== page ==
Trump Panics When Asked About Abortions

Former President Donald Trump recently discussed the topic of states’ rights concerning abortion and his stance on the proposed Life at Conception Act, which seeks to grant full legal rights to embryos. This measure is included in the 2025 budget proposal by the Republican Study Committee, representing about 80% of the GOP caucus.



When asked if he supports the Life at Conception Act, Trump responded by emphasizing his commitment to leaving the issue of abortion to individual states, acknowledging that different states may take varied stances on the matter. He said, “The states are going to be different. Some will say yes. Some will say no. Texas is different than Ohio.” His answer implied that his approach allows for states to set their own abortion policies rather than imposing a federal mandate.

When pressed on whether he would veto the Life at Conception Act, Trump stated, “I don’t have to do anything about vetoes, because we now have it back in the states.” This response underscores his preference for a decentralized approach, where each state determines its laws on abortion, rather than a uniform federal policy.

Trump also mentioned a forthcoming statement on the abortion pill, indicating that it would be released within two weeks. However, when interviewed by phone two weeks later, he delayed the statement, saying, “I’ll be doing it over the next week or two.” This delay leaves uncertainty about his position on the abortion pill and related issues.

Overall, Trump’s comments suggest that he is leaning toward a states’ rights approach to abortion, allowing each state to determine its laws and regulations, rather than advocating for a nationwide policy. This approach could lead to considerable variation across states regarding abortion rights and regulations, reflecting the broader political and cultural landscape in the United States.

You came out this week and said that abortion should be left to the states and you said you won’t sign a federal ban. So just to be clear: Will you veto any bill that imposes any federal restrictions on abortions?

Trump: You don’t need a federal ban. We just got out of the federal. You know, if you go back on Roe v. Wade, Roe v. Wade was all about—it wasn’t about abortion so much as bringing it back to the states. So the states would negotiate deals. Florida is going to be different from Georgia and Georgia is going to be different from other places. But that’s what’s happening now. It’s very interesting. But remember this, every legal scholar for 53 years has said that issue is a state issue from a legal standpoint. And it’s starting to work that way. And what’s happened is people started getting into the 15 weeks and the five weeks or the six weeks and they started getting into, you know, time periods. And they started all of a sudden deciding what abortion was going to be.

People want to know whether you would veto a bill, if it came to your desk, that would impose any federal restrictions. This is really important to a lot of voters.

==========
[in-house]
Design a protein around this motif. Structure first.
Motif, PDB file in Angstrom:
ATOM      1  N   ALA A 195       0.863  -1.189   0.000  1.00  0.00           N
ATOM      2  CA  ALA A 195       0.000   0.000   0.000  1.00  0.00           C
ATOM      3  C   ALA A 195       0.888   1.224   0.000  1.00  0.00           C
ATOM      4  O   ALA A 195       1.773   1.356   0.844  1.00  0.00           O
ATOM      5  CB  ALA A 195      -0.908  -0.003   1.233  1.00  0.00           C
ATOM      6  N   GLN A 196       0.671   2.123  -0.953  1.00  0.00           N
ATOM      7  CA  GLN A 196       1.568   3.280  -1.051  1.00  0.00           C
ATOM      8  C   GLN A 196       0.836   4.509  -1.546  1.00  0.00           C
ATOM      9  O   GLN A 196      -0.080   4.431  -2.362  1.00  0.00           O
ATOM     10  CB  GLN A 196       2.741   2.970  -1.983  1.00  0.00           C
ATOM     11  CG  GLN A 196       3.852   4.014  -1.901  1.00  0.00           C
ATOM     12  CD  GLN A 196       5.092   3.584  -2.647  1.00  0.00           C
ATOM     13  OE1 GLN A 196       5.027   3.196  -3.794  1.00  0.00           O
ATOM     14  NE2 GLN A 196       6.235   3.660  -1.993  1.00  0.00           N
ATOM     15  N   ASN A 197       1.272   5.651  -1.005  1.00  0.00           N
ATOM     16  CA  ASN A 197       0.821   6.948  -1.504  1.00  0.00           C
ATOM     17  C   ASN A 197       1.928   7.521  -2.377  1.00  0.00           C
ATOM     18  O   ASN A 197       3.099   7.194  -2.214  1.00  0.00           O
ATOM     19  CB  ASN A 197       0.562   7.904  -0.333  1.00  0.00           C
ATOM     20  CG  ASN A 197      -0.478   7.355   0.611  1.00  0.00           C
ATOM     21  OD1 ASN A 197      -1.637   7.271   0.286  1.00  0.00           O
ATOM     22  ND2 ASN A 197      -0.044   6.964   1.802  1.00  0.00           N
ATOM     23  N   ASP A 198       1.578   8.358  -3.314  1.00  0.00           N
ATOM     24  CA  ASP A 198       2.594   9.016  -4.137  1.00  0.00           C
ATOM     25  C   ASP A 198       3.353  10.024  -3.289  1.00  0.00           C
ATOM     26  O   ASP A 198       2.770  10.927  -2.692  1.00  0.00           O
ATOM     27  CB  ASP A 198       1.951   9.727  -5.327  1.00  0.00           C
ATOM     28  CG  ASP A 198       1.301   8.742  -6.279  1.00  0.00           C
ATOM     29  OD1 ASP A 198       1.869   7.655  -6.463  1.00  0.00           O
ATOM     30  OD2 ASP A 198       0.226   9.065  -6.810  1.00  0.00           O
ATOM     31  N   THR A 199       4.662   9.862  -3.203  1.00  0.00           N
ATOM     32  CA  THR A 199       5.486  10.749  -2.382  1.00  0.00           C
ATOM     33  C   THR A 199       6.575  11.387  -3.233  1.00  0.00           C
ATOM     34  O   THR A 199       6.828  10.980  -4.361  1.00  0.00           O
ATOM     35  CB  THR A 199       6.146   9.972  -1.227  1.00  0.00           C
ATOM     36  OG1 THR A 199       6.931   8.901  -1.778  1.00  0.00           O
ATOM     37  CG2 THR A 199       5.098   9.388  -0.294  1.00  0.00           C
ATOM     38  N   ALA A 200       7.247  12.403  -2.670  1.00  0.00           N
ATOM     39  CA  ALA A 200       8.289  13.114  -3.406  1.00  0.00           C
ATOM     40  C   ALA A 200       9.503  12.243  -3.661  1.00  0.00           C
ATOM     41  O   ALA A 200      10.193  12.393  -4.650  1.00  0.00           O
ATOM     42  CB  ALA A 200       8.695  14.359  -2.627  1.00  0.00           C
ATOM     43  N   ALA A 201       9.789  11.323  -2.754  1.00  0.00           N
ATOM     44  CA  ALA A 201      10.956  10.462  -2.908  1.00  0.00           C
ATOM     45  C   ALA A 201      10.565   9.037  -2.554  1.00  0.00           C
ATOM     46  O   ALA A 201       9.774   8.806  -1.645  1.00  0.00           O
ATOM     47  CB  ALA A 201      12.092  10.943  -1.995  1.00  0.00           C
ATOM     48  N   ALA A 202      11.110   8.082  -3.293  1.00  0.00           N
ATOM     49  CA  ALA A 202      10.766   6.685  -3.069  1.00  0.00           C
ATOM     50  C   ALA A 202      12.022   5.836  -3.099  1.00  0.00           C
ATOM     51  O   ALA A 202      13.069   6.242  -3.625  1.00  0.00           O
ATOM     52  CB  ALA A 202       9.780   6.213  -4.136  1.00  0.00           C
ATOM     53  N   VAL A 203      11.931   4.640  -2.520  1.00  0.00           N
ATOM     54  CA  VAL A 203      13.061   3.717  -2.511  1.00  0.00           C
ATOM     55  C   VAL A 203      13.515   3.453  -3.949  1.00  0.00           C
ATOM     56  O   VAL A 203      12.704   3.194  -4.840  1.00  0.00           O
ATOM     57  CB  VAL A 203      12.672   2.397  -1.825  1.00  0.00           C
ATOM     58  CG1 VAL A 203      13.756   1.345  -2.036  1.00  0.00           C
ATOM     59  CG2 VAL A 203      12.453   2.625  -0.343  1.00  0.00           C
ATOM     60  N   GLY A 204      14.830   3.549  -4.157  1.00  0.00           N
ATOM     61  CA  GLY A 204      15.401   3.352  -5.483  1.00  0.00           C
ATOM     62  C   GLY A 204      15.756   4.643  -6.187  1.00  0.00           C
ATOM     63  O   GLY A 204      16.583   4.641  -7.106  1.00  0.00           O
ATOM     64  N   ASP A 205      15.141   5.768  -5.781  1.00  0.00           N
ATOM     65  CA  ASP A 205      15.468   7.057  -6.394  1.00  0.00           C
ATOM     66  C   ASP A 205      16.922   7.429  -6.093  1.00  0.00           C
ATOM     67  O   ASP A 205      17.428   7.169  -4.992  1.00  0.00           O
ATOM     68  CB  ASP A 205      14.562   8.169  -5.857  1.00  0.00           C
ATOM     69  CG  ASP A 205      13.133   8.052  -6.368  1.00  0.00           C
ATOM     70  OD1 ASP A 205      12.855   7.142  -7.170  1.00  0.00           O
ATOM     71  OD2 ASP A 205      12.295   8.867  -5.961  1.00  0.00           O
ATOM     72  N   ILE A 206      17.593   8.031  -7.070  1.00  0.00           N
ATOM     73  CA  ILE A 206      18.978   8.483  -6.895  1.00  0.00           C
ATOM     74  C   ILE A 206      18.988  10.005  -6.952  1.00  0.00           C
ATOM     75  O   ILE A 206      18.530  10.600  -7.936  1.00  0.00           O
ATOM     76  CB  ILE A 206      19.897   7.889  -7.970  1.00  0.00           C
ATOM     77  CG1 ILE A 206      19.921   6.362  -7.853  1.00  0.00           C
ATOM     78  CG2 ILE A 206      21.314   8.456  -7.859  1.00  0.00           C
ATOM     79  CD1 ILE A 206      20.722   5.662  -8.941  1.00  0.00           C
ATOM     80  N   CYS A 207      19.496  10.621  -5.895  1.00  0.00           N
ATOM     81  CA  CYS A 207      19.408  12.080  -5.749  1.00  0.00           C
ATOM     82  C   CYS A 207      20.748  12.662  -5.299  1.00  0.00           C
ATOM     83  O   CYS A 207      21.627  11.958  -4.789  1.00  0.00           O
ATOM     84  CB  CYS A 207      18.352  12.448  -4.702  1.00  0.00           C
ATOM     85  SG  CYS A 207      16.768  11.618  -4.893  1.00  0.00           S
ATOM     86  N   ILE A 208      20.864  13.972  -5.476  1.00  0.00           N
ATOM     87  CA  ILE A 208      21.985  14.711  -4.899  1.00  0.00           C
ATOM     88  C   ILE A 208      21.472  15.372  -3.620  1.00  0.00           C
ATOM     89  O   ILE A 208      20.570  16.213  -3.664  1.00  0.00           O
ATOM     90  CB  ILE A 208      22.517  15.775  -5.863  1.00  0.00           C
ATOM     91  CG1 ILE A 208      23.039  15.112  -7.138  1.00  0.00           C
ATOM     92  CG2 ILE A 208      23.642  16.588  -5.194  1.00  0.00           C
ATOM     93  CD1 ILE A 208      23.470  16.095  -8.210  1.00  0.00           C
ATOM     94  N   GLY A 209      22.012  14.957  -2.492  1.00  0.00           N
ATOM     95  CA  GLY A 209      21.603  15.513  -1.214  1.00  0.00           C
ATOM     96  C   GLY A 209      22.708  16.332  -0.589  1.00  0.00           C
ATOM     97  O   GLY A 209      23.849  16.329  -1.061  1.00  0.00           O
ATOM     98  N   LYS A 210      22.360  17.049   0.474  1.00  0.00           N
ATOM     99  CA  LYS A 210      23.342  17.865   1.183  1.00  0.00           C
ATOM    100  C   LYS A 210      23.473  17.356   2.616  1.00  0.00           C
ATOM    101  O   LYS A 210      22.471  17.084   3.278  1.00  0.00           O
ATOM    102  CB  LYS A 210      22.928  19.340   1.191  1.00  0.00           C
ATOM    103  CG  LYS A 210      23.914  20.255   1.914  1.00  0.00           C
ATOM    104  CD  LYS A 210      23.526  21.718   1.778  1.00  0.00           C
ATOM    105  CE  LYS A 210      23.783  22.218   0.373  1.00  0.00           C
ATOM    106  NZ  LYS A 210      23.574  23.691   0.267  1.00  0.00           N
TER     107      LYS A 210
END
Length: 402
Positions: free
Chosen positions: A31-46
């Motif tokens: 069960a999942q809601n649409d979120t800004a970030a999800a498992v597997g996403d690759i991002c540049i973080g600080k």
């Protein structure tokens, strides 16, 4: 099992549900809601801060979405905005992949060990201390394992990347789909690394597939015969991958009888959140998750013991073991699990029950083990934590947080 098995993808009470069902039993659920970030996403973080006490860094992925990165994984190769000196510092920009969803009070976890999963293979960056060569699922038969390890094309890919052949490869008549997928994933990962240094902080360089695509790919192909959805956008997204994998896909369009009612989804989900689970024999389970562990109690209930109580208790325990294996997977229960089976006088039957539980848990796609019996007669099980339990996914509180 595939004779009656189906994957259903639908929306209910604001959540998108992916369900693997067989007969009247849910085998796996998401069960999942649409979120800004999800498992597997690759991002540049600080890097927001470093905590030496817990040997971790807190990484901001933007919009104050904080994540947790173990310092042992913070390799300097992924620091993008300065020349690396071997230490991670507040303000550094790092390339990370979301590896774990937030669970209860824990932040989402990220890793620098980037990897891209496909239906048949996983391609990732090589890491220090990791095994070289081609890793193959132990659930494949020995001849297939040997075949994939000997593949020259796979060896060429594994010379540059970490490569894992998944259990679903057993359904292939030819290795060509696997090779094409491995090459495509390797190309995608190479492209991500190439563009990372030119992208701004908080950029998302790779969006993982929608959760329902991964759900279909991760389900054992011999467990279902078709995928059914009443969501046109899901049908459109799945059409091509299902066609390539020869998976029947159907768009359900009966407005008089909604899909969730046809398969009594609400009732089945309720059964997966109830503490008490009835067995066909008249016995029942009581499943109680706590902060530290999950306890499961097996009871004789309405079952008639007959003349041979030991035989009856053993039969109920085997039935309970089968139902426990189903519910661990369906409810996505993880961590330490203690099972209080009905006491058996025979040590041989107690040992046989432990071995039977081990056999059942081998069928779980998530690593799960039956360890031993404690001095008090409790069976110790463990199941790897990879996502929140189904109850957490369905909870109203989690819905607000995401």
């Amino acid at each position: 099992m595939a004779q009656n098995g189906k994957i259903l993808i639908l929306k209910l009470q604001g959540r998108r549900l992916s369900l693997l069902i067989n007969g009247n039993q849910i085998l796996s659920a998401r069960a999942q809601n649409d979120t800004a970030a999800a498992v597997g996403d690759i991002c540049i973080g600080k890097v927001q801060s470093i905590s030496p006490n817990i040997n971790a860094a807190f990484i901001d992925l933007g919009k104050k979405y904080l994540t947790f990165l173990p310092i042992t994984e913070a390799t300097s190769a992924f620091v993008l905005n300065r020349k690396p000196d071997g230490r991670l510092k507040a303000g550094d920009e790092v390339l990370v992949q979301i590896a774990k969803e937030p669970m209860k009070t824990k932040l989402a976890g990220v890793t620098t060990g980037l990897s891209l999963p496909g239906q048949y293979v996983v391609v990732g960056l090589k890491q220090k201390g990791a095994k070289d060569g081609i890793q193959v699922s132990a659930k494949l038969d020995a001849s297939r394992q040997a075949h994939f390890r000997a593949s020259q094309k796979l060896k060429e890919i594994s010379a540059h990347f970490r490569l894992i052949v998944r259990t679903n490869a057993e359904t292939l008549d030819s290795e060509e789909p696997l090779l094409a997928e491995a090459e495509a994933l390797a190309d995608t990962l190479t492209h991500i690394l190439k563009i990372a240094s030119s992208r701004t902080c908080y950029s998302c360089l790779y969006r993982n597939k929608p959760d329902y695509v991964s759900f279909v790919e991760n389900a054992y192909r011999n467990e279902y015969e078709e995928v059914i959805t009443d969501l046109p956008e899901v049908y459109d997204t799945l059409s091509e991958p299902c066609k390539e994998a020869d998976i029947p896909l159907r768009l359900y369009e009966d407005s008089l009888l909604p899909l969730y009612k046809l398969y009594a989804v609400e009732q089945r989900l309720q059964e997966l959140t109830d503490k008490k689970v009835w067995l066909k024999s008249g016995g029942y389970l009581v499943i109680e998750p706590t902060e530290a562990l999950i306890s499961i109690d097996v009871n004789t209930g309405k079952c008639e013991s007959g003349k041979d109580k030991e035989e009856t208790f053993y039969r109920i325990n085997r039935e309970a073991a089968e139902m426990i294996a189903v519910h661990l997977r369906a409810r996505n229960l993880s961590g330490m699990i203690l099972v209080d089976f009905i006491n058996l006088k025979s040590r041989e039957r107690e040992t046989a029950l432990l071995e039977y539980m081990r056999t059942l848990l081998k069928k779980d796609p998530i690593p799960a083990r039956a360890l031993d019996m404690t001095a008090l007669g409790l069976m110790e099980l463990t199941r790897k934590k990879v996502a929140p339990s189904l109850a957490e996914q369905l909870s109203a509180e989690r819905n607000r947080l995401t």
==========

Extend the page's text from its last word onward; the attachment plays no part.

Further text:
Trump: But you have to remember this: There will never be that chance because it won’t happen. You’re never going to have 60 votes. You’re not going to have it for many, many years, whether it be Democrat or Republican. Right now, it’s essentially 50-50. I think we have a chance to pick up a couple, but a couple means we’re at 51 or 52. We have a long way to go. So it’s not gonna happen, because you won’t have that. Okay. But with all of that being said, it’s all about the states, it’s about state rights. States’ rights. States are going to make their own determination.

Do you think that—

Trump: And you know what? That’s taken tremendous pressure off everybody. But we—it was ill-defined. And to be honest, the Republicans, a lot of Republicans, didn’t know how to talk about the issue. That issue never affected me.

So just to be clear, then: You won’t commit to vetoing the bill if there’s federal restrictions—federal abortion restrictions?

Trump : I won’t have to commit to it because it’ll never—number one, it’ll never happen. Number two, it’s about states’ rights. You don’t want to go back into the federal government. This was all about getting out of the federal government. And this was done, Eric, because of—this was done, this issue, has been simplified greatly over the last one week. This is about and was originally about getting out of the federal government. The last thing you want to do is go back into the federal government. And the states are just working their way through it. Look at Ohio. Ohio passed something that people were a little surprised at. Kansas, I mean, places that are conservative and big Trump states, I mean, Ohio and way up Kansas, all these states, but they passed what they want to pass. It’s about states rights.

I understand, sir. Your allies in the Republican Study Committee, which makes up about 80% of the GOP caucus, have included the Life of Conception act in their 2025 budget proposal. The measure would grant full legal rights to embryos. Is that your position as well?

Trump: Say it again. What?

The Life at Conception Act would grant full legal rights to embryos, included in their 2025 budget proposal. Is that your position?

Trump: I’m leaving everything up to the states. The states are going to be different. Some will say yes. Some will say no. Texas is different than Ohio.

Would you veto that bill?

Trump: I don’t have to do anything about vetoes, because we now have it back in the states.


Trump: They’re gonna make those determinations.

Harrison Carter
Harrison Carter
Harrison Carter has been a huge pro wrestling fan since 2002, and it's been his first love ever since then. He has years of writing experience for all things pro wrestling. His interests outside of wrestling include films, books and soccer.

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